If the guy behind is the sprinter on your team and you're making him nervous by stopping pedalling then you're no good as a leadout - and he's probably not going to come to much either ...

    But ... riding on someones wheel is a matter of trust - and if the team the OP is riding for don't stop pedalling then the OP should take note of that and not stop pedalling at least while he's got a team member on his wheel - you can pedal without putting effort in and pedal whilst braking if you really need too.
  • paul2718paul2718 Posts: 471
    If your sprinter is that nervous close to other riders then he's not going to be winning anything.

    However you look at it, vulnerability to the guy in front coasting is a weakness that needn't be there.

    Paul
  • fat daddy wrote:
    the pros never stop pedalling ever since Sky figured out it was paramount to winning ... look at all the teams now .. when they finish a race, they get straight on a turbo .... never stop pedalling !!!!!
    Which has nothing to do with not pedalling during a race. Many riders go straight to the rollers because its the most efficient way to warm down after a massive finishing effort. But winning a race is about using as little energy as possible until you need it, so sitting in the bunch it is common not to pedal or at best soft tap when appropriate.
    Froome did plenty of non pedaling on the descent of the Peyresourde for example
  • Was that whhhooooosssshhhhhh from Team Sky flying past or something else???
    Advocate of disc brakes.
  • fat daddyfat daddy Posts: 2,632
    Was that whhhooooosssshhhhhh from Team Sky flying past or something else???


    I think it was something else .... pretty sure it went right over On the Ropes Head :mrgreen:
  • jgsijgsi Posts: 5,026
    I must admit I have never had a bollockin whilst racin for not pedalling. A few words about either pedalling too hard. Or not hard enough... racing folk..hard to please.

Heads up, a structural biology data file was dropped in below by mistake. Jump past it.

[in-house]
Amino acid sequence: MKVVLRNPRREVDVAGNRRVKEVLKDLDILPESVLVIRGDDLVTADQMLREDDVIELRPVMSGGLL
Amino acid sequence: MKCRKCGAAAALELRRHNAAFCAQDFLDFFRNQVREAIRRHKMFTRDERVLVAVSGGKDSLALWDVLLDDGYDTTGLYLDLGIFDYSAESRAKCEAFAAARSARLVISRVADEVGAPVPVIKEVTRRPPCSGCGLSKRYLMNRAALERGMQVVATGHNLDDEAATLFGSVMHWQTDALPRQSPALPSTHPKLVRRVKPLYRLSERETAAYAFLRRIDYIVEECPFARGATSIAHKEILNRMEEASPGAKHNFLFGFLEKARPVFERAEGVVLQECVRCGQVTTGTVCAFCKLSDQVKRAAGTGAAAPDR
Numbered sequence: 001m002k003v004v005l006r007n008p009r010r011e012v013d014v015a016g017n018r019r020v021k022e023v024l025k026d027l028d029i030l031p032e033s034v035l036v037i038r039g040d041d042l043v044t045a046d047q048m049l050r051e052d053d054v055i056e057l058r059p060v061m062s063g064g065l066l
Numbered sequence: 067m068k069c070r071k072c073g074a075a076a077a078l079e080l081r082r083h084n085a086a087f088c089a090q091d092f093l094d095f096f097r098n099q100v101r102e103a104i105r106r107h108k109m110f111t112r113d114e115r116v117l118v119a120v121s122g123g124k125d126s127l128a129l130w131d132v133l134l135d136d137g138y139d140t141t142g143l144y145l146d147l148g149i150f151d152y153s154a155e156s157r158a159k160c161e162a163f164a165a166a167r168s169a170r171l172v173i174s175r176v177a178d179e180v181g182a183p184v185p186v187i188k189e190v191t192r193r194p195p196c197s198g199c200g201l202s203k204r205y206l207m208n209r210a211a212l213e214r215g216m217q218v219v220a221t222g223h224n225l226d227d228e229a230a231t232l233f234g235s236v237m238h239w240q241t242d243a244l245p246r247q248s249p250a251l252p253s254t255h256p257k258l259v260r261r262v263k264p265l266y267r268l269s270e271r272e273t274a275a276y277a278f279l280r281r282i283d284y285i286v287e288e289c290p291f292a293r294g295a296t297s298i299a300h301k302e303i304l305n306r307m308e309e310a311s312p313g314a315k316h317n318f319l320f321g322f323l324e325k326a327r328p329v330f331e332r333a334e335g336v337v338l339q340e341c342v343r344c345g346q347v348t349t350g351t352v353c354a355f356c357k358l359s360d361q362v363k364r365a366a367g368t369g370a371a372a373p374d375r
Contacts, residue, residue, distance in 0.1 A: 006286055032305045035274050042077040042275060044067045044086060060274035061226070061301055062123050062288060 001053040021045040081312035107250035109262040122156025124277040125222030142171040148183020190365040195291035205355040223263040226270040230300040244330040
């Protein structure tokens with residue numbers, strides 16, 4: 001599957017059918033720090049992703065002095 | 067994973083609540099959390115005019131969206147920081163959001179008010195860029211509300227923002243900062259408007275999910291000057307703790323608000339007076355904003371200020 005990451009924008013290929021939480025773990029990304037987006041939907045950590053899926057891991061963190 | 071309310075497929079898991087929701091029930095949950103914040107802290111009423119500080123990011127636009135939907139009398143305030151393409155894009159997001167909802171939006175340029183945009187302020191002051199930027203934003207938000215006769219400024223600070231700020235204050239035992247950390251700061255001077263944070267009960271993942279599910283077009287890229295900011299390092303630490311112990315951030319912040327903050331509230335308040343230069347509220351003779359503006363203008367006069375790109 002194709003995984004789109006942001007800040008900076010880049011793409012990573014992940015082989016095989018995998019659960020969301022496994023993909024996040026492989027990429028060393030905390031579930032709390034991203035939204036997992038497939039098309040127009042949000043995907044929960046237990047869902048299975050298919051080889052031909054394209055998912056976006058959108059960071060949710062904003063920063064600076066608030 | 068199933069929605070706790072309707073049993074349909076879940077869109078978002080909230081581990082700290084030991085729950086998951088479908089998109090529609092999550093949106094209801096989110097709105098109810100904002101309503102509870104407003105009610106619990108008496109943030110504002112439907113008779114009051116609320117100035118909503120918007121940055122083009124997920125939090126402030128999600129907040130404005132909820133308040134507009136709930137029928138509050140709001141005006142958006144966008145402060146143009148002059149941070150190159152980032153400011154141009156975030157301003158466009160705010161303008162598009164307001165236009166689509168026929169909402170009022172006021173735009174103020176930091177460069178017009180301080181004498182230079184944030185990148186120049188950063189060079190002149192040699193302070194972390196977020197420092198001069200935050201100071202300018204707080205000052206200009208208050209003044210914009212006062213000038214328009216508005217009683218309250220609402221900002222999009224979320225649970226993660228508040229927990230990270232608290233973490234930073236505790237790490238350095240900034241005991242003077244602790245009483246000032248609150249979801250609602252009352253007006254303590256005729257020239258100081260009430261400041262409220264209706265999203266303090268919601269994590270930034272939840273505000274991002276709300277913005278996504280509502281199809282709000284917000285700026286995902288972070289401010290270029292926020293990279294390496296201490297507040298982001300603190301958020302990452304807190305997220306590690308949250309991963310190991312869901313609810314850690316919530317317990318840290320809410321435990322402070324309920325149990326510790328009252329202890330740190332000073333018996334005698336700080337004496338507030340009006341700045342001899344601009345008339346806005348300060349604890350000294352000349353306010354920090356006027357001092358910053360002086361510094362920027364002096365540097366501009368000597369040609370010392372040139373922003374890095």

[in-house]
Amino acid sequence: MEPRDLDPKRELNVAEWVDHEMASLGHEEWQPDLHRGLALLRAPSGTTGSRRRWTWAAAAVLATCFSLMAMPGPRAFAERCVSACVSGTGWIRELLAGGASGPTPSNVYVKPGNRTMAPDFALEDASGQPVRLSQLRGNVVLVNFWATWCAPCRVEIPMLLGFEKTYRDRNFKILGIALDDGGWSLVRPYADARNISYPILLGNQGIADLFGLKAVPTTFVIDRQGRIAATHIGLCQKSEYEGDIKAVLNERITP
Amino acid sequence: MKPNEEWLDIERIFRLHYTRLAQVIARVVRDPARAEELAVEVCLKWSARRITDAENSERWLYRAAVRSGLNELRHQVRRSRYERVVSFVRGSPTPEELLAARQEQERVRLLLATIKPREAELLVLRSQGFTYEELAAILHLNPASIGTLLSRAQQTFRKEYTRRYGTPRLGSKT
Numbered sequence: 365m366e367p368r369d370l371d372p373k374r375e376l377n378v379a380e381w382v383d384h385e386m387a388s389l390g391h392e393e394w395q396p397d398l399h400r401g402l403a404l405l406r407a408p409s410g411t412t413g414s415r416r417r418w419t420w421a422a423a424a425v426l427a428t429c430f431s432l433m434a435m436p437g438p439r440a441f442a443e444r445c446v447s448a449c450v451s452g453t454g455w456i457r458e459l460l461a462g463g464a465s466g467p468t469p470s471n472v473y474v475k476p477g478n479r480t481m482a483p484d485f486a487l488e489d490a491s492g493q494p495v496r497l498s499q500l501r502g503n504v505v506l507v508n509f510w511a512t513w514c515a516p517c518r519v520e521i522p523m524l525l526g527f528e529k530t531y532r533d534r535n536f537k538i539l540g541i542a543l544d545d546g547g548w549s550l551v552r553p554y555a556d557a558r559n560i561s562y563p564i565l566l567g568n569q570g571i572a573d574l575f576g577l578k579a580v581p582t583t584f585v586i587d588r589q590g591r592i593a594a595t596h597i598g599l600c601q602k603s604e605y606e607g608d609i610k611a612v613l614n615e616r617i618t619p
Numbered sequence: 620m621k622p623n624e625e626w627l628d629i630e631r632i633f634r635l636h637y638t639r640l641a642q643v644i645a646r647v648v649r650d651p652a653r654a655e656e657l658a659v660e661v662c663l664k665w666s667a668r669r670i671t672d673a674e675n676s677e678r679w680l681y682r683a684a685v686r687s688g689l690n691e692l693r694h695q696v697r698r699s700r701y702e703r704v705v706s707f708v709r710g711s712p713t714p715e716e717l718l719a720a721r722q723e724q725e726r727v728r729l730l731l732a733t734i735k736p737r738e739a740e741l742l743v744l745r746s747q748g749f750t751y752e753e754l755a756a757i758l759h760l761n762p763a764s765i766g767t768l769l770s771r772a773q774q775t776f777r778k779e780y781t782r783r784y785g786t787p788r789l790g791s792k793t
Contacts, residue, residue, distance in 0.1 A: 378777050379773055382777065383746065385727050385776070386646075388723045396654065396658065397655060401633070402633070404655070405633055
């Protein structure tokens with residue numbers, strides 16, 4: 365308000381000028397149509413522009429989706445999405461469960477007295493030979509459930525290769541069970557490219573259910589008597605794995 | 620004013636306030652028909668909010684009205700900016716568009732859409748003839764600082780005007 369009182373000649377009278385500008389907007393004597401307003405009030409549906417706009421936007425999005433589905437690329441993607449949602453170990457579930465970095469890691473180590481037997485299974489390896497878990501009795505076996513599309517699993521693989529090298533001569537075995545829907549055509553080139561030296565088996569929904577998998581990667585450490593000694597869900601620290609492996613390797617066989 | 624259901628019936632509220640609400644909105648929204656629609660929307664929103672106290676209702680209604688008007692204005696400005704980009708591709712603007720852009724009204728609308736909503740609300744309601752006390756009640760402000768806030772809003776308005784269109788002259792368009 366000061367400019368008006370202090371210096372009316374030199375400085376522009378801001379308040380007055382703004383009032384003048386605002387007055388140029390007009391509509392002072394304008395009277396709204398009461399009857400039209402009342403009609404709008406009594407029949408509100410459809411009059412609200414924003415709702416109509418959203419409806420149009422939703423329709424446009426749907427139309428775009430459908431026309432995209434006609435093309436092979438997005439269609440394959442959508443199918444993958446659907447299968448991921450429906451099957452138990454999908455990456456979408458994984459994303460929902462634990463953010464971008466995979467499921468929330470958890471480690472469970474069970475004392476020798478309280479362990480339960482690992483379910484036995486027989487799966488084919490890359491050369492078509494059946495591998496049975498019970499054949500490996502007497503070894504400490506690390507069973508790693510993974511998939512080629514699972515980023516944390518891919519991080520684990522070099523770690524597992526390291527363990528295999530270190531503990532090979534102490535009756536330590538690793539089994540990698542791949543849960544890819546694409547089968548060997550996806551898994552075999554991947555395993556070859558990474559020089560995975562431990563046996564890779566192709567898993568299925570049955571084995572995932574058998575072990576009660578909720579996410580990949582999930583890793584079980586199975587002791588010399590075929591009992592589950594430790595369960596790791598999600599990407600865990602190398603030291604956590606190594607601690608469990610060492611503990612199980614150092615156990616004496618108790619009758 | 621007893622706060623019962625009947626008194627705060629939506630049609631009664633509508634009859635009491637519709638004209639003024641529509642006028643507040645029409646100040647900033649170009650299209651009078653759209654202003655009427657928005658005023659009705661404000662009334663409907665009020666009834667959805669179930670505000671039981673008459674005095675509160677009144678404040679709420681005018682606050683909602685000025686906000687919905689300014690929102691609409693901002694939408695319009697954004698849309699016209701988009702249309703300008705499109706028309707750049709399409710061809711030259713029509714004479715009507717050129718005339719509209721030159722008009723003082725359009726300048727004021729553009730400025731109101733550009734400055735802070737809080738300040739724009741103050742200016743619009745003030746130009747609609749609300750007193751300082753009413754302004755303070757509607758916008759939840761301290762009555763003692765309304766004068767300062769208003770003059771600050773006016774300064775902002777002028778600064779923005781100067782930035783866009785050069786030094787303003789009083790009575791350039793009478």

• ProssPross Posts: 24,253
    What's the point in keeping pedalling? Keeping smooth, modulating speed and avoiding overlaps are what counts. Unless you're riding fixed on a track in which case keep pedalling at all times!!

    The main one that bothers me in a bunch is people not timing the point at which they get out of the saddle leaving a drop in forward momentum at just the wrong time.
  • stretchystretchy Posts: 149
    Pross wrote:
    The main one that bothers me in a bunch is people not timing the point at which they get out of the saddle leaving a drop in forward momentum at just the wrong time.

    This is the worst! :shock:
  • stretchy wrote:
    Pross wrote:
    The main one that bothers me in a bunch is people not timing the point at which they get out of the saddle leaving a drop in forward momentum at just the wrong time.

    This is the worst! :shock:

    Any tips to avoid doing this?
  • marykamaryka Posts: 745
    "Throw" the bike forward when you stand up, basically. Try it next time you're out riding a hill and have to get out of the saddle. When you sit down when riding in a bunch you already unconsciously do the opposite to prevent your front wheel from going into the rider ahead, it's just that most people don't think about it when they stand up as their wheel is going backwards and therefore they don't see it happening.
  • Thanks for that, definitely going to try that out!
  • imposter2.0imposter2.0 Posts: 11,001
    I don't 'throw' the bike forward, never have. Just learn to get out of the saddle without interrupting your pedal stroke.
  • ProssPross Posts: 24,253
    Yeah, just use the downstroke on the pedal to lift yourself out of the saddle and you should maintain forward momentum.